I had to meet with as many different kinds of people as possible: civilians, fighters on both sides, men and women and families whose life has been destroyed by this conflict. I wanted to share the daily horrors with the locals and expose how the unimaginable can become the norm. I have described what I’ve heard from many of the Russian soldiers who doubt that they will ever win this war—unless they kill every Chechen male who is older than 12, which some admit is what they are doing. I also have written how most Chechens, while they are Muslim, want nothing to do with the Wahhabis who have infiltrated their villages and brought with them the wrath of the world.

Paying an Emotional Price

As journalists—serving as witnesses to this brutality—we pay an emotional price for the work we do. Even if nobody for whom I write this story cares, it is difficult for me to forget Chechnya. It is impossible for me to stop listening to men and women who offer me so much kindness that I become almost a member of their families and am no longer regarded by them as foreign. I can’t stop going back while I can still give these people a voice and prevent them from being completely forgotten.

But how do I not become hardened to the misery of others? Or lose interest in this story when a new war comes along that’s a bigger story—a story that has captured the world’s attention? How do I confront—with my independent reporting—the arrogant Russian authorities and risk losing my visa and consequently everything I’ve worked for? How do I overcome the blind acceptance of propaganda by the majority of Russians? How do I explain to them why some Chechens believe the terrorist attacks by some of their fellow citizens in Moscow are justified? How can I overcome the need for simplification in news reporting and reliance on emotionally packed imagery? Through reporting, can I debunk the falsely reassuring words of incompetent leaders or the generalized indictment of all Chechens?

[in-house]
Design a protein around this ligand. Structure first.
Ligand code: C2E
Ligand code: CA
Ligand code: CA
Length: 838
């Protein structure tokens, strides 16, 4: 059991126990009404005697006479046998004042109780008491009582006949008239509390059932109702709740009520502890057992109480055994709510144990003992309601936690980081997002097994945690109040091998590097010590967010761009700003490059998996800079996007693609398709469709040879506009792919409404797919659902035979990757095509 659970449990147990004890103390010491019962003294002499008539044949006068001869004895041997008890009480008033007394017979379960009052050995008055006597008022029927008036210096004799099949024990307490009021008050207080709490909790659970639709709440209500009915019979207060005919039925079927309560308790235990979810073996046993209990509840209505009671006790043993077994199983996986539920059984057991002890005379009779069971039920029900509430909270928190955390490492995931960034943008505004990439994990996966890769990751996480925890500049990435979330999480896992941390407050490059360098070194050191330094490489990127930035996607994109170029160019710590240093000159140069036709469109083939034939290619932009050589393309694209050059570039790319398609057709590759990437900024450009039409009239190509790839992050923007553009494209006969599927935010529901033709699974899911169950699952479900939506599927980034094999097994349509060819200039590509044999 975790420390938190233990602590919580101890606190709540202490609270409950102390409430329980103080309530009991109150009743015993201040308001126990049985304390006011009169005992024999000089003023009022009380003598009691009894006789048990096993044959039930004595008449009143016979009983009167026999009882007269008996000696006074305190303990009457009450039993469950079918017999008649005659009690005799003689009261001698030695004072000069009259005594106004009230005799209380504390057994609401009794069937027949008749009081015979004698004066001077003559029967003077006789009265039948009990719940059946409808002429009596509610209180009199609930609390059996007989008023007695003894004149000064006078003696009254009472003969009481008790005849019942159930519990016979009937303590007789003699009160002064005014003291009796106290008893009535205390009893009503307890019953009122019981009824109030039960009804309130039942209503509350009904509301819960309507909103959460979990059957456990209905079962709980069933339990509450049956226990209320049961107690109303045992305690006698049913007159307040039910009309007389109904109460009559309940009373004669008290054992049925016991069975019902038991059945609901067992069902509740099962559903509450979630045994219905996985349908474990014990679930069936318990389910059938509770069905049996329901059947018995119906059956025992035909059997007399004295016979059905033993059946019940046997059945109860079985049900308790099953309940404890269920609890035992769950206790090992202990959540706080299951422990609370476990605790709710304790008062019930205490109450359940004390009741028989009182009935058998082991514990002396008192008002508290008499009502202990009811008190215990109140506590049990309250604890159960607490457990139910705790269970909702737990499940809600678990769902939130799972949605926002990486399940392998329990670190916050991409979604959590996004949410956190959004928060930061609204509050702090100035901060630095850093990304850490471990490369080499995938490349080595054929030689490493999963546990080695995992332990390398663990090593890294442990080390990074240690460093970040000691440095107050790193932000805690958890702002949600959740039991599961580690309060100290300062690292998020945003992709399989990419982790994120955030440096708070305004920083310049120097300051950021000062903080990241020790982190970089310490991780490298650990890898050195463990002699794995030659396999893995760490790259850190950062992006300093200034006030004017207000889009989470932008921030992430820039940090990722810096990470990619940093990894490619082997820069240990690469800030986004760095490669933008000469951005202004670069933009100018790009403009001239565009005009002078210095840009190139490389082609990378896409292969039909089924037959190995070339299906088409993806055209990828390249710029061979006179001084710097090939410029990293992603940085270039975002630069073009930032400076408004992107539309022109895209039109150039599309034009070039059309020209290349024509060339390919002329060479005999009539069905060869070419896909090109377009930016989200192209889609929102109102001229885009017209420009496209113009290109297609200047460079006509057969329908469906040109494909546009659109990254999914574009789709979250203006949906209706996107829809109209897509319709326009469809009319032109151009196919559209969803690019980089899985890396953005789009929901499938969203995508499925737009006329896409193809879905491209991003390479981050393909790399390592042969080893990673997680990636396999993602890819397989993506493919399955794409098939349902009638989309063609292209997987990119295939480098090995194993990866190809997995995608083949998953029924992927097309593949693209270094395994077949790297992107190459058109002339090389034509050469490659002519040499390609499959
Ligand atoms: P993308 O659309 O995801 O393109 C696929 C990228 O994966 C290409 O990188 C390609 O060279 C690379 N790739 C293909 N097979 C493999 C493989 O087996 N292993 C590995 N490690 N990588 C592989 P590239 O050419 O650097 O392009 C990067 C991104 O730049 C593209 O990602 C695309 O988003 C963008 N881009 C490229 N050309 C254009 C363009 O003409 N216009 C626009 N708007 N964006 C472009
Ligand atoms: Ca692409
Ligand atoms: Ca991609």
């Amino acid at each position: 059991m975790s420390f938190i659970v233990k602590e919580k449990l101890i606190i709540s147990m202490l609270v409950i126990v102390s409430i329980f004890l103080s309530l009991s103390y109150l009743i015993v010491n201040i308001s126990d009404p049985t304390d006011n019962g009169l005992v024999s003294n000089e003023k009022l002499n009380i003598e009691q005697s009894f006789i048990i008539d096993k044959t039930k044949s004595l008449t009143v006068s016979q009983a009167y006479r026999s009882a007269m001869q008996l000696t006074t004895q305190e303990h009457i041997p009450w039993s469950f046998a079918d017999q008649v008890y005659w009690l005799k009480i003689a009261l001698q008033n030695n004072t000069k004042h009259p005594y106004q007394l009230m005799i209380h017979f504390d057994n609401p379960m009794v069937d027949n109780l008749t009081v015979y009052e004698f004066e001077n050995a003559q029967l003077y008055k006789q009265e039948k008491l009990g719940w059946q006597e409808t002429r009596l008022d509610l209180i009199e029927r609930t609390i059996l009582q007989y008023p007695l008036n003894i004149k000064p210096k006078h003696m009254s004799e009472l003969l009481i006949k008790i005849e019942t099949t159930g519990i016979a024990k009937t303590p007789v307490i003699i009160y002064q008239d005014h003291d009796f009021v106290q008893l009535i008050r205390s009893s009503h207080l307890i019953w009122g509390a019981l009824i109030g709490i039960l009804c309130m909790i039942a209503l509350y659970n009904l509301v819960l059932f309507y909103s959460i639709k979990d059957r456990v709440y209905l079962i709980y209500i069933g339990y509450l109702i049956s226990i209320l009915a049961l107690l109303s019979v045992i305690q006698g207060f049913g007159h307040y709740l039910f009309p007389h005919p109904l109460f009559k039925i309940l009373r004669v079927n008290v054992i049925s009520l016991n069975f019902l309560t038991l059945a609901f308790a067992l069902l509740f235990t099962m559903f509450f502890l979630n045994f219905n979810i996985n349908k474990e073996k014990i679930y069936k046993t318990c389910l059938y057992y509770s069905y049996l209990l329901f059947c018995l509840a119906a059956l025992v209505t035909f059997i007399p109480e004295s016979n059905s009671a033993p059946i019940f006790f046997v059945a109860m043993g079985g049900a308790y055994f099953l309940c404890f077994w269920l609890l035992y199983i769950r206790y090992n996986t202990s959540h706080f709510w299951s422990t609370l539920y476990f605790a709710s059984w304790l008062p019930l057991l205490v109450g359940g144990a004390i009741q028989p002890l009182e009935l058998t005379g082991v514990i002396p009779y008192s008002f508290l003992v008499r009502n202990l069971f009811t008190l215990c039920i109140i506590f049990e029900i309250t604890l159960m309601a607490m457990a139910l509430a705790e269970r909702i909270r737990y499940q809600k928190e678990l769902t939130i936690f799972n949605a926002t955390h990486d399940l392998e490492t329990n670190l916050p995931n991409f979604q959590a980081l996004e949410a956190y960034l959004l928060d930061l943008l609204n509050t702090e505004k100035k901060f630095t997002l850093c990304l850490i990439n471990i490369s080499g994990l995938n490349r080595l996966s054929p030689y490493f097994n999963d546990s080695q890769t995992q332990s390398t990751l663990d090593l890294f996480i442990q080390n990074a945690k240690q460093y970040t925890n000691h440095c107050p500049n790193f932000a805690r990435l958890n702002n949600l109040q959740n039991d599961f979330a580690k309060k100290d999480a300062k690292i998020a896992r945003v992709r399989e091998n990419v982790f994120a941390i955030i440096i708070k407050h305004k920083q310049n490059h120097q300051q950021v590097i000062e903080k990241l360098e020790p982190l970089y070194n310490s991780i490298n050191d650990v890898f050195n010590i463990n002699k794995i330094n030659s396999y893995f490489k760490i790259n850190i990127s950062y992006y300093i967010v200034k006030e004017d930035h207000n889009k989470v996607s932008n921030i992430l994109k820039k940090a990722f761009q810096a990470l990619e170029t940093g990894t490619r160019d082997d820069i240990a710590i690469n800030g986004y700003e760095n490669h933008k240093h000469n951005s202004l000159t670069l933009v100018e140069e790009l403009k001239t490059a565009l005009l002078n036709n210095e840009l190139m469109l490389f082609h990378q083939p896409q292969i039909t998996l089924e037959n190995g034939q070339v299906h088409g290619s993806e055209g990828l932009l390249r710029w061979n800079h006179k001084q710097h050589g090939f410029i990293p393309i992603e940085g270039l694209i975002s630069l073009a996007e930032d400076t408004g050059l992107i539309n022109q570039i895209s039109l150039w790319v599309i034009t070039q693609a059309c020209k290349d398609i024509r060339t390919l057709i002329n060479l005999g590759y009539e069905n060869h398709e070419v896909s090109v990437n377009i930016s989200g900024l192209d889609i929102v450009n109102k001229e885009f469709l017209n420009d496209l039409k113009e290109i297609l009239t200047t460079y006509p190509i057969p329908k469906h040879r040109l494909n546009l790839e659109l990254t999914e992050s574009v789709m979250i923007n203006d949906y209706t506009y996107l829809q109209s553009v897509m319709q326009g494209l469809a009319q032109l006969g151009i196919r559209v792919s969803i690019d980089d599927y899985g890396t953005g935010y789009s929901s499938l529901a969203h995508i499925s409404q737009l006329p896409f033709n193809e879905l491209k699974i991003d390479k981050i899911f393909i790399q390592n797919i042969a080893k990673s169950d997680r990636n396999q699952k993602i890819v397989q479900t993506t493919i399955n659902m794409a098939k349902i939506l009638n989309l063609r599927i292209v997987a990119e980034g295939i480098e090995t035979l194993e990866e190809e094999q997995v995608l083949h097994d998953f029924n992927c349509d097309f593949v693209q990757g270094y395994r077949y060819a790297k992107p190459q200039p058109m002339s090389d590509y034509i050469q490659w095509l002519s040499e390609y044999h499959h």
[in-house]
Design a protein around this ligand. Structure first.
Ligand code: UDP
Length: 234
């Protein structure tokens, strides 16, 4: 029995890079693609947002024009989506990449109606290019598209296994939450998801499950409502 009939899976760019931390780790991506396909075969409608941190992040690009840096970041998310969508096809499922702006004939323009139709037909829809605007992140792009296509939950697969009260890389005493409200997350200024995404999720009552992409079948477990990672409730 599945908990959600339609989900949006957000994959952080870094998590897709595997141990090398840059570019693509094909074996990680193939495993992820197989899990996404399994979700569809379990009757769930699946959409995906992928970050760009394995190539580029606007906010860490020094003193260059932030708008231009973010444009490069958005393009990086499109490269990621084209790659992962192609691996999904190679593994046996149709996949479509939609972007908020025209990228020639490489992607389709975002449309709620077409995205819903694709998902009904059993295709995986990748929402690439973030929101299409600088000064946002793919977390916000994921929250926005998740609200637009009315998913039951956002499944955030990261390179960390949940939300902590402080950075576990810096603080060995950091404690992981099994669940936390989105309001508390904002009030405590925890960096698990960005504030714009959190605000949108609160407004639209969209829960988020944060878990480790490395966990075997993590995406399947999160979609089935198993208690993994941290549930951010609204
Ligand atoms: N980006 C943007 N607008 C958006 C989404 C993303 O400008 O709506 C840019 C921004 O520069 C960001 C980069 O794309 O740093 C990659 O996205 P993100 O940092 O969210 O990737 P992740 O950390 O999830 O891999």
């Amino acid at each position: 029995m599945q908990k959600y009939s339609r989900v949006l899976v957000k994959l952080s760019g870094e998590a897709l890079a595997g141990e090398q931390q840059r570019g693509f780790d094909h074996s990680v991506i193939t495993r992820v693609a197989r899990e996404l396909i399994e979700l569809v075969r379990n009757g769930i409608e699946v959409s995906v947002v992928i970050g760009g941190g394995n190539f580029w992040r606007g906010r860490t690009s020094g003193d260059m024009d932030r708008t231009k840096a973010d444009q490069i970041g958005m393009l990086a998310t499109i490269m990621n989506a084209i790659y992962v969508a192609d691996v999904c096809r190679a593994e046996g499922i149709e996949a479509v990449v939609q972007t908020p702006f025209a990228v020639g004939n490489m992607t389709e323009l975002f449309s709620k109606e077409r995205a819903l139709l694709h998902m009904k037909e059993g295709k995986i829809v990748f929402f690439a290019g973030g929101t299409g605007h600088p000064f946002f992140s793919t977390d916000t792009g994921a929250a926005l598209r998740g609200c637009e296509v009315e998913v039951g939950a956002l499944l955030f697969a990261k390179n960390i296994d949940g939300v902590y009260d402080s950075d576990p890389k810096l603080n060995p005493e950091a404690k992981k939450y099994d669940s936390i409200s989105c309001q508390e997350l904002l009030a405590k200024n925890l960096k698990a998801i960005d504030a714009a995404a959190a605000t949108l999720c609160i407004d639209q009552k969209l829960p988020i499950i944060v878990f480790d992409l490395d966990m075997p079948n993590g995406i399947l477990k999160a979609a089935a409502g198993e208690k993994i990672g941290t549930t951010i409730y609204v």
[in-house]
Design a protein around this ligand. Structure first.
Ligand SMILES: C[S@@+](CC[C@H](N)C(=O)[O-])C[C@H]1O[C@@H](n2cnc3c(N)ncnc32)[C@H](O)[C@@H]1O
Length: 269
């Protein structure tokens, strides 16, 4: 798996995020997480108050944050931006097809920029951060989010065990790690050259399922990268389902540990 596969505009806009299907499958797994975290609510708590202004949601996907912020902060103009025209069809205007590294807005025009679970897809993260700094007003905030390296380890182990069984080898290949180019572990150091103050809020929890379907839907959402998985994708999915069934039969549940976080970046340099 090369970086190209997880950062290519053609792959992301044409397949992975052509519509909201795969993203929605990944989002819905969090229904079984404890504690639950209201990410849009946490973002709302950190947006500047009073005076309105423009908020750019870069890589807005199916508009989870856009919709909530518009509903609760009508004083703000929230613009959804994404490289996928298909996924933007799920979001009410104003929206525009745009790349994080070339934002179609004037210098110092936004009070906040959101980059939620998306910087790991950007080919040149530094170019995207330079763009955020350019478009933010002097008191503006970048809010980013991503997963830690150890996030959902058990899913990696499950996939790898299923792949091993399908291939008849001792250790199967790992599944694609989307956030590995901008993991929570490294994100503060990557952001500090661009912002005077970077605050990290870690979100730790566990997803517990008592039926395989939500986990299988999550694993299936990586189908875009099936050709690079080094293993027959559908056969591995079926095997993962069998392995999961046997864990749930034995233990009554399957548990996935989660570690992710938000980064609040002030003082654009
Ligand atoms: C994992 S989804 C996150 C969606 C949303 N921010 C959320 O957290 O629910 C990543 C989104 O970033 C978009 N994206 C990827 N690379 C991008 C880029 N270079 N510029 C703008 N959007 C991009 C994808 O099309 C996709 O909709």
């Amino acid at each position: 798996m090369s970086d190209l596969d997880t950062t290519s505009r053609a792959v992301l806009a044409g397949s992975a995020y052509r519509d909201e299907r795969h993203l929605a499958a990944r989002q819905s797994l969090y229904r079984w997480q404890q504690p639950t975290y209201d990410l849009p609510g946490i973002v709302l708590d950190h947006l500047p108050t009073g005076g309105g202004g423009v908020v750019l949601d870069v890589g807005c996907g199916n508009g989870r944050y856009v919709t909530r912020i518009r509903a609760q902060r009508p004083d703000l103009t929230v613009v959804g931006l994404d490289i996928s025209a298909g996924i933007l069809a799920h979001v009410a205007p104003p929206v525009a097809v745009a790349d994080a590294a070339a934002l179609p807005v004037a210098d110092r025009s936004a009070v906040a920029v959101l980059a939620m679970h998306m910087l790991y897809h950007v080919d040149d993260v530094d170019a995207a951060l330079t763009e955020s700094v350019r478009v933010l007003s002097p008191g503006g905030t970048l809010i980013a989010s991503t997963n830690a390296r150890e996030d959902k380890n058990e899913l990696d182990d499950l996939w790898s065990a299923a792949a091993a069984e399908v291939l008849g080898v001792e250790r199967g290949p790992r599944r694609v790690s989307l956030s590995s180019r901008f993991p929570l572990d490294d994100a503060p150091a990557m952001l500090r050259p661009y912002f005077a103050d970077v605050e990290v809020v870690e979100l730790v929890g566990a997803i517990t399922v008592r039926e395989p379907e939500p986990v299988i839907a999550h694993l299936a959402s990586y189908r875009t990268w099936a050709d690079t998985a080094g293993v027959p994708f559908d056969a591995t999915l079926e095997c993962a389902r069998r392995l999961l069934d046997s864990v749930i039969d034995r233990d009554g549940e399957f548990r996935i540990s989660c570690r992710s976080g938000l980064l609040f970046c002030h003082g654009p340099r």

These are questions I need to think about as I report from Chechnya. I don’t have answers, and that’s why I keep on going there and writing.

Anne Nivat is Moscow correspondent for Ouest-France, a regional French newspaper. She is the author of “Chienne de Guerre,” which won the Albert Londres prize, France’s highest award for journalism. She is currently working on a book about Afghanistan and Iraq.